Plant Proteins Explained

We hear that vegetable proteins are incomplete. Yes, it's true. Is it a problem? With the information in this text, you will be able to understand what a protein is and then answer the question. What is a protein It’s a macronutrient that gives energy. Also, proteins are used to maintain and develop our tissues, help chemical reactions in our body take place, help form antibodies to fight infections, and much more (Healthline, 2018). Primary protein structure: (National Human Genome Research Institute, 2004) With this picture where the chain represents the primary protein structure, we can imagine that it takes all the little beads to build a protein. These beads are amino acids. Our proteins need 20 different amino acids to be built and functional. Of these 20 amino acids, 9 cannot be produced by the human body and must therefore come from the food we eat. These amino acids are said to be essential; if any of these are missing from our diet, it is impossible for our body to build new protein. Sources of protein Animal (egg, beef, poultry, milk, fish, etc.) : They have all 9 essential amino acids in the proportions that our body needs. So we say they are complete. Plant (soy, legumes, lentils, nuts, etc.) : Depending on the source, proteins can have all 9 essential amino acids, but with different proportions and insufficient for our body. Not all sources of plant protein are created equal. Some sources may lack completely or partially one or more different amino acids. That is why they are considered incomplete. That's okay, just combine plant protein throughout the day to remedy the lack of one or more amino acids in a protein source. It doesn't have to be at the same meal and it is unnecessary to know which amino acid(s) is or are limiting in our protein sources. By varying our protein sources, our body will have all the essential amino acids in good quantities. In addition, we probably already do it since it is rare that we eat the same foods at all meals. Example to meet all our needs in essential amino acids Need vs amount of vegetable protein eaten It is possible that a source of plant protein has a limiting amino acid. That is, an amino acid that may be present, but in an amount that is not ideal for our body. To counteract this problem, we can eat more of this food to meet our needs or take other protein foods throughout the day to meet all our amino acid needs. Take tofu as an example which is a good vegetable source of protein. The following table was taken from vegfaqs.com which shows the essential amino acid requirements for a day for an average 65 kg person versus the amount of amino acid contained in a regular block of tofu. So if an average person eats a block of tofu, they will have approximately 65% ​​of their needs for methionine and cystine (amino acids) and 100% of the other 7 essential amino acids. If this same person eats one block and a half of tofu, 100% of her needs for the 9 essential amino acids will be met. In fact, the protein requirement for a sedentary person at a healthy weight needs 1.2 to 1.8 g / kg of body weight per day. So, if we take a tablespoon of protein foods a day, whether from animal or vegetable sources, we will run out of amino acids to build our proteins. On the other hand, in Canada and in most industrialized countries, it is very rare not to eat enough protein (Cudmore, 2020) Absorption Amino acids are absorbed in the small intestine. Food takes around 6 to 8 hours to pass from the mouth to the end of the small intestine (Elizabeth Rajan, M.D, 2019). By eating only 3-5 meals or snacks a day, about 4-8 hours apart, we have amino acids available to make new proteins. We are constantly absorbing amino acids that are available to us to make proteins. So if we eat oatmeal and nuts for lunch and eat tofu for dinner, we wouldn't lack amino acids to make our proteins if we eat a reasonable amount of food. You don't have to think about the amino acids that are limiting in the different sources of plant protein in order not to run out. Naturally, we eat varied protein food sources, so we will meet our essential amino acid needs. On the other hand, our body is breaking down and remaking proteins in our body continually. This puts available some amino acids needed to make new proteins up to a certain limit. The amino acids that are available by breaking down our proteins and those ingested with our food are used to make new proteins. Conclusion So if we take a variety of protein sources throughout the day, we will not lack amino acids to build our beautiful proteins. You don't need to eat multiple sources of protein in one meal. Finally, anyone who has a varied vegetable diet, respecting an adequate intake of calories (energy) will not be deficient in amino acids. I hope it is clearer for you and that you have learned something. Have a good day, Karine Drouin RD Thanks to Gabrielle Grenier who gave me genuine support towards writing this text. References Academy of Nutrition and Dietetics. (2016). Position of the Academy of Nutrition and Dietetics: Vegetarian Diets. Journal of the Academy of Nutrition and Dietetics. 116.(12), 1970-1980. Doi: 10.1016/j.jand.2016.09.025. Cudmore, D. (2020). Is Tofu a Complete Protein? (i.e. Soy). Retrouvé le 18 décembre 2020 au https://vegfaqs.com/is-tofu-a-complete-protein/ Rajan, E. (2019) Retrouvé le 18 décembre 2020 au https://www.mayoclinic.org/digestive-system/expert-answers/faq-20058340 Rayaprolu, S., Hettiarachchy, N., Horax, R. et al. (2015). Amino Acid Profiles of 44 Soybean Lines and ACE-I Inhibitory Activities of Peptide Fractions from Selected Lines. J Am Oil Chem Soc 92, 1023–1033. Doi: 10.1007/s11746-015-2655-y Van De Walle, G. (2018). 9 Important Functions of Protein in Your Body. Healthline. Retrouvé le 25 décembre 2020 au https://www.healthline.com/nutrition/functions-of-protein#TOC_TITLE_HDR_8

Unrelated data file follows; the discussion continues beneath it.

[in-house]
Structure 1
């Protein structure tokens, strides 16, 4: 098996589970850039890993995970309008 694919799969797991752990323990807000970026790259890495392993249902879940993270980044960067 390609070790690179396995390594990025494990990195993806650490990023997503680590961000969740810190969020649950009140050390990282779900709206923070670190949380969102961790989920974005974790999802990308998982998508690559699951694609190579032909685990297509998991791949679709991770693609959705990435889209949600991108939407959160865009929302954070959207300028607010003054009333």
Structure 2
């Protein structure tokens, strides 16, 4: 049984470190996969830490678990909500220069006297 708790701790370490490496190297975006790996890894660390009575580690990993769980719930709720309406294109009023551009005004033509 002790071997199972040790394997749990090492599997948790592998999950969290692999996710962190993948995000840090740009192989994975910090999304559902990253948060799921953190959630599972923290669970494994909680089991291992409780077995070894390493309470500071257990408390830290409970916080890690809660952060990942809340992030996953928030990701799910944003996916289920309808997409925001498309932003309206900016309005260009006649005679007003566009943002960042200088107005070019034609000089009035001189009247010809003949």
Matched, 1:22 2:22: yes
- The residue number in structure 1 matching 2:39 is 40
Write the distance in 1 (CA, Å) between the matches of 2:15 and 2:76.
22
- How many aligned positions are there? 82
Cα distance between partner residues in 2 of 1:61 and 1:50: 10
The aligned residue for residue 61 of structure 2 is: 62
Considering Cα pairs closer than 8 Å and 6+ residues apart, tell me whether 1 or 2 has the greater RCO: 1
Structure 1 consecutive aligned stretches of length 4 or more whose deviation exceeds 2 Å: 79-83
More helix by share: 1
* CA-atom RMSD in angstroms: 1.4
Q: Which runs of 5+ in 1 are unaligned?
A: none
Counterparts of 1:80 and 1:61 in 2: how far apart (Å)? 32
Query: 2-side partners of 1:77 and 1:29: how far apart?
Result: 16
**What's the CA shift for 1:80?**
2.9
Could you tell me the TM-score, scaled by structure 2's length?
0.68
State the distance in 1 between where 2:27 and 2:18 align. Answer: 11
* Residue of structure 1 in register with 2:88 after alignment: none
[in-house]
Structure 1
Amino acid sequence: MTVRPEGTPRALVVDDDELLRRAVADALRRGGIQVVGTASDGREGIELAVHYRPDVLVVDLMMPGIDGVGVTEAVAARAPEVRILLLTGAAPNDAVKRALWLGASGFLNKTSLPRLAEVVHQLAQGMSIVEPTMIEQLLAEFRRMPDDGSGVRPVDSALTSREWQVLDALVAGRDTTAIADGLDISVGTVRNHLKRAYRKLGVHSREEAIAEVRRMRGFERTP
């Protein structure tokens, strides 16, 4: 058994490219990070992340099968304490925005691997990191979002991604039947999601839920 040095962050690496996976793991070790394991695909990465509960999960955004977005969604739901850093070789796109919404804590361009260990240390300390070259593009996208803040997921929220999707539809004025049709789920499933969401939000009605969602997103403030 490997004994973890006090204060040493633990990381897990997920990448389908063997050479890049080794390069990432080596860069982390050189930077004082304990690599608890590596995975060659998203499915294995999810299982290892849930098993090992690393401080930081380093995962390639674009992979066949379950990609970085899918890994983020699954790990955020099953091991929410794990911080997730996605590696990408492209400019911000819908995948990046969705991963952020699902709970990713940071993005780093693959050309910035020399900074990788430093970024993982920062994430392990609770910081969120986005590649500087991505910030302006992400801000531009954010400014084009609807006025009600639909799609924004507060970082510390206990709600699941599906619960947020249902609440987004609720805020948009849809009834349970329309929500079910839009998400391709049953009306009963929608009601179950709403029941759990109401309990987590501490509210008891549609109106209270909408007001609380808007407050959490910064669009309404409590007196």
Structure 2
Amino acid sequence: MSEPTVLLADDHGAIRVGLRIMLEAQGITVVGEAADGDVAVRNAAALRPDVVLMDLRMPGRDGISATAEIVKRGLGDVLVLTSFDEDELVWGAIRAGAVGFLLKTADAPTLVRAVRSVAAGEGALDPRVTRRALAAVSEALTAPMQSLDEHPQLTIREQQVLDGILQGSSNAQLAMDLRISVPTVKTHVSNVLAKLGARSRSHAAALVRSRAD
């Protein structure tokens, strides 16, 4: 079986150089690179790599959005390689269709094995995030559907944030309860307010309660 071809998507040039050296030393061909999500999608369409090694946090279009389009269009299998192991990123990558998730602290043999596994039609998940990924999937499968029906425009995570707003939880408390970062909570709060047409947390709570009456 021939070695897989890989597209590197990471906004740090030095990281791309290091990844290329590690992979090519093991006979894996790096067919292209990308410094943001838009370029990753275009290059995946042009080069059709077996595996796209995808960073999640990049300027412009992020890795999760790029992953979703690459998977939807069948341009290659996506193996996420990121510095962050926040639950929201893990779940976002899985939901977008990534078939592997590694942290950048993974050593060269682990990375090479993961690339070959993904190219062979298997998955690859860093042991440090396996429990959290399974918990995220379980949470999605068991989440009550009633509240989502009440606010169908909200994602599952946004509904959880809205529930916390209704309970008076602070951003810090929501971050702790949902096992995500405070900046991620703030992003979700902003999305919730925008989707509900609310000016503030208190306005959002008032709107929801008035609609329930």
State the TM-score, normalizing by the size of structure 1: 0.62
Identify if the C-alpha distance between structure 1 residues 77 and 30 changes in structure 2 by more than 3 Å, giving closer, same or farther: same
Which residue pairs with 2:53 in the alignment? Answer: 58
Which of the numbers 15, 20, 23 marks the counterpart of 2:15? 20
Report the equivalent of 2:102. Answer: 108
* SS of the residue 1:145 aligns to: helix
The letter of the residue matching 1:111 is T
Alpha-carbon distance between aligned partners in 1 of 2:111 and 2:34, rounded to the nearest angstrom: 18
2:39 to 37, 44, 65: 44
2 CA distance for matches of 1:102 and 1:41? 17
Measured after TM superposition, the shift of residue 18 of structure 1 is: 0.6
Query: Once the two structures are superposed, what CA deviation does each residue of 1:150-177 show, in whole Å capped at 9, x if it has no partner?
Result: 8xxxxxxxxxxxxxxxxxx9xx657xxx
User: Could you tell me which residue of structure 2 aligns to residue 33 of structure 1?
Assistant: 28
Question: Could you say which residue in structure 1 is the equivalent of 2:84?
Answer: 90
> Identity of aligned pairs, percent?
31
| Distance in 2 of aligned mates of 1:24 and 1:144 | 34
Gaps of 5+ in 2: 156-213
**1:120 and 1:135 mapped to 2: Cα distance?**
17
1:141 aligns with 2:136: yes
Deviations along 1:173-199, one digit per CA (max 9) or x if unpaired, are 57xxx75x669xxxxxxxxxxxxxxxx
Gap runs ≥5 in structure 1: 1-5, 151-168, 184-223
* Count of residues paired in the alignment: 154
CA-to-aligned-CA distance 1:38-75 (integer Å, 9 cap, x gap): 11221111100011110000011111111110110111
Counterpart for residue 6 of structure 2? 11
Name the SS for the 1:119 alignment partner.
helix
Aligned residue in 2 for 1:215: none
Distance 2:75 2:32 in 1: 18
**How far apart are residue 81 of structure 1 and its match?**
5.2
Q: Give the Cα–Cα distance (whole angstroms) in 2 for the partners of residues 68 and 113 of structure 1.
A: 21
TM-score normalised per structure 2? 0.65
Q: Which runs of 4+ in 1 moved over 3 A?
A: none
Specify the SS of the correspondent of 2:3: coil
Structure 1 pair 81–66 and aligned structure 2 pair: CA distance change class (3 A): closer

Plant Proteins Explained